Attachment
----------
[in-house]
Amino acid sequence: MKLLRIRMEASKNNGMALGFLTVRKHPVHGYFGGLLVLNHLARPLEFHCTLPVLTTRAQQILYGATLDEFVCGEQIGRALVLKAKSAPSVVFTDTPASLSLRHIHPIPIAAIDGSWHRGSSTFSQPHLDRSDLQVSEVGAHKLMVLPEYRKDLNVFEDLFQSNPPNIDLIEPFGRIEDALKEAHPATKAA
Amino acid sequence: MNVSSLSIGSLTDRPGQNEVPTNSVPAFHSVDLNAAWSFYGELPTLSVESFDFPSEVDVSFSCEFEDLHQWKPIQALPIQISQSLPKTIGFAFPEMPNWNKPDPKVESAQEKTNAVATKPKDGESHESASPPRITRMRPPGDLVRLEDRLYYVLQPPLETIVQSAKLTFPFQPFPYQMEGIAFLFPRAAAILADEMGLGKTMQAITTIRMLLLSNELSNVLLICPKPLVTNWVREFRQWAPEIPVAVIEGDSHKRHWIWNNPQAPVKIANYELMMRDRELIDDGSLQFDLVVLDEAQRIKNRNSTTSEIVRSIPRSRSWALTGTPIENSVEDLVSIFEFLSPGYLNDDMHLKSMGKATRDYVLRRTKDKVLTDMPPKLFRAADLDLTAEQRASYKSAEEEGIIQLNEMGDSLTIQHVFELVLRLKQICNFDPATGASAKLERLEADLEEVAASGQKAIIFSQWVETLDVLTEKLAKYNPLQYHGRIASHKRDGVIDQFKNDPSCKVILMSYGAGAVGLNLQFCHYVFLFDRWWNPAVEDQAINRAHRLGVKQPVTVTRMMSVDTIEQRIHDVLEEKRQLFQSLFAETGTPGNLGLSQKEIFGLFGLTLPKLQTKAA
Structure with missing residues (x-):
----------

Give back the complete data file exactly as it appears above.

[in-house]
Amino acid sequence: MKLLRIRMEASKNNGMALGFLTVRKHPVHGYFGGLLVLNHLARPLEFHCTLPVLTTRAQQILYGATLDEFVCGEQIGRALVLKAKSAPSVVFTDTPASLSLRHIHPIPIAAIDGSWHRGSSTFSQPHLDRSDLQVSEVGAHKLMVLPEYRKDLNVFEDLFQSNPPNIDLIEPFGRIEDALKEAHPATKAA
Amino acid sequence: MNVSSLSIGSLTDRPGQNEVPTNSVPAFHSVDLNAAWSFYGELPTLSVESFDFPSEVDVSFSCEFEDLHQWKPIQALPIQISQSLPKTIGFAFPEMPNWNKPDPKVESAQEKTNAVATKPKDGESHESASPPRITRMRPPGDLVRLEDRLYYVLQPPLETIVQSAKLTFPFQPFPYQMEGIAFLFPRAAAILADEMGLGKTMQAITTIRMLLLSNELSNVLLICPKPLVTNWVREFRQWAPEIPVAVIEGDSHKRHWIWNNPQAPVKIANYELMMRDRELIDDGSLQFDLVVLDEAQRIKNRNSTTSEIVRSIPRSRSWALTGTPIENSVEDLVSIFEFLSPGYLNDDMHLKSMGKATRDYVLRRTKDKVLTDMPPKLFRAADLDLTAEQRASYKSAEEEGIIQLNEMGDSLTIQHVFELVLRLKQICNFDPATGASAKLERLEADLEEVAASGQKAIIFSQWVETLDVLTEKLAKYNPLQYHGRIASHKRDGVIDQFKNDPSCKVILMSYGAGAVGLNLQFCHYVFLFDRWWNPAVEDQAINRAHRLGVKQPVTVTRMMSVDTIEQRIHDVLEEKRQLFQSLFAETGTPGNLGLSQKEIFGLFGLTLPKLQTKAA
Structure with missing residues (x-):